In one instance, a shopper told me that something I ordered wasn’t available, and took a picture of the alternatives available to me. When I pointed out that in the picture was the item that I actually ordered, the fellow sheepishly agreed and brought the right item.

Only one shopper (name withheld) was someone I would use again. She was stellar — she even checked for expiration dates, and only brought items that would not go bad quickly. I would pay for her separately, rather than rolling the dice and getting whomever picked up the gig.

All in all, the intermittent time and attention I have to spend responding to people who are running around looking for the items I ordered, and not finding them, negates the time that I could just go to the store myself.

I am assuming that it isn’t possible to have my orders route only to (name), which is too bad because I would stay your customer if that were possible. For me, order accuracy is the most important attribute by a wide margin. If you could guarantee that my order would be right, and that only the truly out of stock items would be omitted, I wouldn’t even care what time the order arrived.

Thanks for listening, and for timely processing my cancellation and refund.

Best wishes,


Four hours later the reply came. Kudos to Shipt on their reply time!

We value you as a member, and we’re sorry to see you go! We have cancelled your membership as you requested, and we appreciate you giving Shipt a try. Your refund will take a few business days to process back to your account. We would love to hear any feedback you have about our service. If you have a few moments, please take this brief survey: (link omitted)

If you would like to join Shipt in the future, log back into your account via shipt.com/shop or on the app and click ‘Get Started’ to select a new membership plan. We would love to shop for you in the future should your needs change!

While I did quit Shipt, I appreciate their friendly sendoff. They also processed my refund (prorated) quickly. If they ever change their model to have a vastly improved order picking quality, I’m glad to try them again.

5/5 star exchange. Good luck team!

My last trip to Toys’R’Us – RIP

I paid for my purchases – a large box of overnight Huggies for my toddler, and two large Lego Duplo sets we don’t need – with $110 from a gift card, and $15 from a credit card. I felt a little relieved to use up the gift card before the 30-day deadline, when gift cards would lose their value.
As the clerk accepted my payments, my husband and I continued our running debate about the Toys’R’Us bankruptcy. What assets would be valuable to a company like Amazon. What could have been done to save TRU. As we collected our three boxes and turned to leave, the clerk quietly asked a question: “Why don’t people come in to shop anymore? I don’t get it.”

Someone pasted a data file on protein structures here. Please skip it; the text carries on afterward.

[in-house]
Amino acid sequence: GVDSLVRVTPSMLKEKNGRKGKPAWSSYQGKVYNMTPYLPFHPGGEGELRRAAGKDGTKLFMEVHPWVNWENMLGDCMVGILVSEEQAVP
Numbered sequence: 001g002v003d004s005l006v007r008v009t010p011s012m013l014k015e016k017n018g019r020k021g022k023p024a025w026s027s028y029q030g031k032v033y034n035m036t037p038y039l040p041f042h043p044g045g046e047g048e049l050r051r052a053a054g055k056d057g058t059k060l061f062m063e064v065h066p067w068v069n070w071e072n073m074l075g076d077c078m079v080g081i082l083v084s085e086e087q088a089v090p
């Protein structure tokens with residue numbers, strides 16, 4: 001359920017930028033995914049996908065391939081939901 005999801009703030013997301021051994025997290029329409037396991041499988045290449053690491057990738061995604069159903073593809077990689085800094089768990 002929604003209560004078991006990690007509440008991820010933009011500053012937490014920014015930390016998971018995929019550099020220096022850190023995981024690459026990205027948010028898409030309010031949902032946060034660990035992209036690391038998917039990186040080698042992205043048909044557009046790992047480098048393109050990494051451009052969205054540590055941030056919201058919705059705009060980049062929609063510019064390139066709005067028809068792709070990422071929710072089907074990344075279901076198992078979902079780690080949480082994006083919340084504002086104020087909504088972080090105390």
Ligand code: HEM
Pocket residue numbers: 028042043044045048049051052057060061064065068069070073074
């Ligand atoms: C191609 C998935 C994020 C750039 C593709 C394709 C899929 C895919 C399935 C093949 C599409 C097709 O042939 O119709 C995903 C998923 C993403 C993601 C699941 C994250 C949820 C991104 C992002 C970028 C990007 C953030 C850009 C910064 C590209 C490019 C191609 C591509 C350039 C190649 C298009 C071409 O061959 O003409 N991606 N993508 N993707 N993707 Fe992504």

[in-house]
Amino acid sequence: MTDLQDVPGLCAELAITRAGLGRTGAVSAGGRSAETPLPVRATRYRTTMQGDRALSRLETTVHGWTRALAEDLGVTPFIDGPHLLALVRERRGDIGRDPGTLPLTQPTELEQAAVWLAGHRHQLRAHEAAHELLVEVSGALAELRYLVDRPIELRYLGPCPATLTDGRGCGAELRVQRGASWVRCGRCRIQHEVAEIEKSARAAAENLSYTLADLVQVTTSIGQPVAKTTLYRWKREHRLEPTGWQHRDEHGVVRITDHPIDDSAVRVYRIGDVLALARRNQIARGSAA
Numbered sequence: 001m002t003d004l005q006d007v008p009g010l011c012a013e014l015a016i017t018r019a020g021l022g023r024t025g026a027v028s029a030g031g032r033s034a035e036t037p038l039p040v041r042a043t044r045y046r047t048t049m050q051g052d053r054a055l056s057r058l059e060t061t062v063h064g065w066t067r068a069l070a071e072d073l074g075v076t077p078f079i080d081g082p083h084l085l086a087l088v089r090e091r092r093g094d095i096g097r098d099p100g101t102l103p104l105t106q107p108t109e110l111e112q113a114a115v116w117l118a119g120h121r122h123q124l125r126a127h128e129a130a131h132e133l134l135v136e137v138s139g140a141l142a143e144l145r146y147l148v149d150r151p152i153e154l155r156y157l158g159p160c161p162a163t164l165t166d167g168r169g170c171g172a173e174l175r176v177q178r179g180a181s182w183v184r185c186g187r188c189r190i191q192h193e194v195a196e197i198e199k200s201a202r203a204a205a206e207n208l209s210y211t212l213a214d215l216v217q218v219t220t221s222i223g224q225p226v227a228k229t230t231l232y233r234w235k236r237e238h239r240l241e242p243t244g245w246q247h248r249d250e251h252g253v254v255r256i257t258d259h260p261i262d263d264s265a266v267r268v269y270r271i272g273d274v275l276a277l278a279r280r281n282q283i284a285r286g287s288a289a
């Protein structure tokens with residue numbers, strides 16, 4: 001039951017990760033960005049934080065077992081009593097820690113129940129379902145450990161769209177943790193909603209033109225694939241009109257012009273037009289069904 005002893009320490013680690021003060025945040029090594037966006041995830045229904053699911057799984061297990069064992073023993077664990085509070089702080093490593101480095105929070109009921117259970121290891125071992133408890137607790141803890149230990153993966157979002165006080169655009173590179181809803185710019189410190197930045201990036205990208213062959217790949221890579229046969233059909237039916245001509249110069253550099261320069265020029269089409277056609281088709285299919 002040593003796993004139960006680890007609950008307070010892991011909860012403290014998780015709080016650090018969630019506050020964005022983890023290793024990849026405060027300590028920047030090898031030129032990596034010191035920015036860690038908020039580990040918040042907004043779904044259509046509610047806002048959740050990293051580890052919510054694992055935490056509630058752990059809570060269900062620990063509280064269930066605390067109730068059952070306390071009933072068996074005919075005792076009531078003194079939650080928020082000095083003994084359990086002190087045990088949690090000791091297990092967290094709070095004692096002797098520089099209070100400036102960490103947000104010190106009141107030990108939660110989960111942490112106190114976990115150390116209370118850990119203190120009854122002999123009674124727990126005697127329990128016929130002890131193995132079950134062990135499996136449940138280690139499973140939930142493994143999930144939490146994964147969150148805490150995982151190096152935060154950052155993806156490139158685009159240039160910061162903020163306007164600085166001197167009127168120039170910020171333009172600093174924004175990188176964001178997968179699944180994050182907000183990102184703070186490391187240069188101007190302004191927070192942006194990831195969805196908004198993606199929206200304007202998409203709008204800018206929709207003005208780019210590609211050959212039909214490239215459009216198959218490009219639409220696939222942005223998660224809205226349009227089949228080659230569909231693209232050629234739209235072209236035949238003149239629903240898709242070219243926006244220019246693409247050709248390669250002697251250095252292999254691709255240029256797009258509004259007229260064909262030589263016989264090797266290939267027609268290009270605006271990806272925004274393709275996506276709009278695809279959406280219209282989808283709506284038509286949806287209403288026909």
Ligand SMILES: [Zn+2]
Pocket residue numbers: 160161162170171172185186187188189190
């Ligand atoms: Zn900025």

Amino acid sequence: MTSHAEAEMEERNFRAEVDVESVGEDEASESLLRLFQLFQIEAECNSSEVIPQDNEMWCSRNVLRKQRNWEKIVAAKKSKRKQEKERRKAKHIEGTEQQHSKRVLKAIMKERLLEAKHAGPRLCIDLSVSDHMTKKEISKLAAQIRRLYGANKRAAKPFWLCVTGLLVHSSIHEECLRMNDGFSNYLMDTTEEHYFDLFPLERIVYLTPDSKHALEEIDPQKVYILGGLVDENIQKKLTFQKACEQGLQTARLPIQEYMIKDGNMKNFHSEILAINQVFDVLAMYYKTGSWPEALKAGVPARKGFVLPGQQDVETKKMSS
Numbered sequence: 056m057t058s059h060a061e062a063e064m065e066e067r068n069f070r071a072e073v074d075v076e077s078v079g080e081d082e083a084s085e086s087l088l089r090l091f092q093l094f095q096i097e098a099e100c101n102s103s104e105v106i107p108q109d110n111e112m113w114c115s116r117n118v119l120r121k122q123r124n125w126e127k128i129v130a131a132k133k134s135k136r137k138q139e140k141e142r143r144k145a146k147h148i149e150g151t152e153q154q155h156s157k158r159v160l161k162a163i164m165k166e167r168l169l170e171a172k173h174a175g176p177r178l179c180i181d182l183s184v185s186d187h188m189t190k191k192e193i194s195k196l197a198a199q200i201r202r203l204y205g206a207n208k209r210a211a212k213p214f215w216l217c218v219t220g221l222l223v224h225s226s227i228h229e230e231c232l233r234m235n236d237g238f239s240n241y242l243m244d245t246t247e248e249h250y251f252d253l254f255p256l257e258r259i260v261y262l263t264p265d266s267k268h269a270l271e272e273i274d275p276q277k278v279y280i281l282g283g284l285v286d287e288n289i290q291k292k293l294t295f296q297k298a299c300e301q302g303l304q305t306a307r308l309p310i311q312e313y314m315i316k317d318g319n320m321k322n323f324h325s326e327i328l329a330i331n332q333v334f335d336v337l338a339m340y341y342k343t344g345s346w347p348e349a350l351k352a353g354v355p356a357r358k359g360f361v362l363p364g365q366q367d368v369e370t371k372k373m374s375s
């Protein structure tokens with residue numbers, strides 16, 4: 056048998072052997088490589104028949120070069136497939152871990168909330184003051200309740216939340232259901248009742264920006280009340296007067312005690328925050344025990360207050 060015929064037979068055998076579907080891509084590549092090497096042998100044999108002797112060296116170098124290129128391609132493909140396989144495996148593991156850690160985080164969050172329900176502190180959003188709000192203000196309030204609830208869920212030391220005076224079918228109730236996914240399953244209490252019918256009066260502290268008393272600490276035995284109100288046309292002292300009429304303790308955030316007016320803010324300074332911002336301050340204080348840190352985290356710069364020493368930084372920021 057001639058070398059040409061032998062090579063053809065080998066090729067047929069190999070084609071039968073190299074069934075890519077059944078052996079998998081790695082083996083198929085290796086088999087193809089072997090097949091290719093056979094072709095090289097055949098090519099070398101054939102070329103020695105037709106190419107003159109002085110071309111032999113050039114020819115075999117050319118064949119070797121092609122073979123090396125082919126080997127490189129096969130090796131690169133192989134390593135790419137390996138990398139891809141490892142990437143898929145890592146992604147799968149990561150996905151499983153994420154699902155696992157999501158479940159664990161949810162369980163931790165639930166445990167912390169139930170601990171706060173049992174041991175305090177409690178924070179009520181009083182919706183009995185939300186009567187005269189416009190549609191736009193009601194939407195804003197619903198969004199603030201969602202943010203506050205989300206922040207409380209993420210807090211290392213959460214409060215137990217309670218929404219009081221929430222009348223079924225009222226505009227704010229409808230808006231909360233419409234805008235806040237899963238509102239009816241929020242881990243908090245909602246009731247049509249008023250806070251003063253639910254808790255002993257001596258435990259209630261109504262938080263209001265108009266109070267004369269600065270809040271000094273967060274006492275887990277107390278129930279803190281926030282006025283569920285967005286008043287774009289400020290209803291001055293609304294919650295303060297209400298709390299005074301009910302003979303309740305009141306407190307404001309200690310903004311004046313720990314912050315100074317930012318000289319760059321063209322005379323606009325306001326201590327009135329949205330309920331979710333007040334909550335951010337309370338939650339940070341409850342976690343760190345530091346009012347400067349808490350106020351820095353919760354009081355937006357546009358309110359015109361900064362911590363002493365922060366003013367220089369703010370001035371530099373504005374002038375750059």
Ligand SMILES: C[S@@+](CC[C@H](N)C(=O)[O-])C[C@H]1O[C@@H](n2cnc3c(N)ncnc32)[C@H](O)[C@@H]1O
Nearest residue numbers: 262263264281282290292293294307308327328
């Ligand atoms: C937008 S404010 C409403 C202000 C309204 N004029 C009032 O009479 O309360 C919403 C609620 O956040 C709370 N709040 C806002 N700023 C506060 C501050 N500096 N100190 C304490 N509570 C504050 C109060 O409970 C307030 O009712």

I felt immediately sympathetic and a little bad. The most I had to lose in the TRU bankruptcy was $110 of unused gift card currency and some nostalgic value. This poor woman was about a month away from losing her job. “It’s convenient,” I said somewhat apologetically. “It all just shows up on your doorstep.”
She looked genuinely confused. “But how can you buy everything without seeing it first? Like I once ordered shoes online and when they came I didn’t like them so I took them back to the store.”
She had a point. Most things that we have not already selected are better purchased in person or at least not on Amazon.com. A good buyer and merchant team can provide an excellent selection of tempting options at retail – although US retail has only a few fleeting examples where this happens at scale.
I wished her good luck, and we left the store – the whole chain – for ever.
I am regretful. I accepted the woman’s premise that Amazon is the reason for TRU’s demise. That’s not the whole story though. Amazon was clearly a formidable competitor that TRU wasn’t able to effectively counter. But TRU had its hands tied long before Amazon became a powerful seller of toys. TRU was saddled with a tremendous debt load so that it could be a cash machine for its new owners. There was little room for reinvestment or change under private equity owners Bain Capital, KKR, and Vornado, even if TRU had had good leadership (which unfortunately, large retail chains often do not). So when the tides of change in mass retail came in more quickly in recent years, TRU could not respond. That’s why it is dying.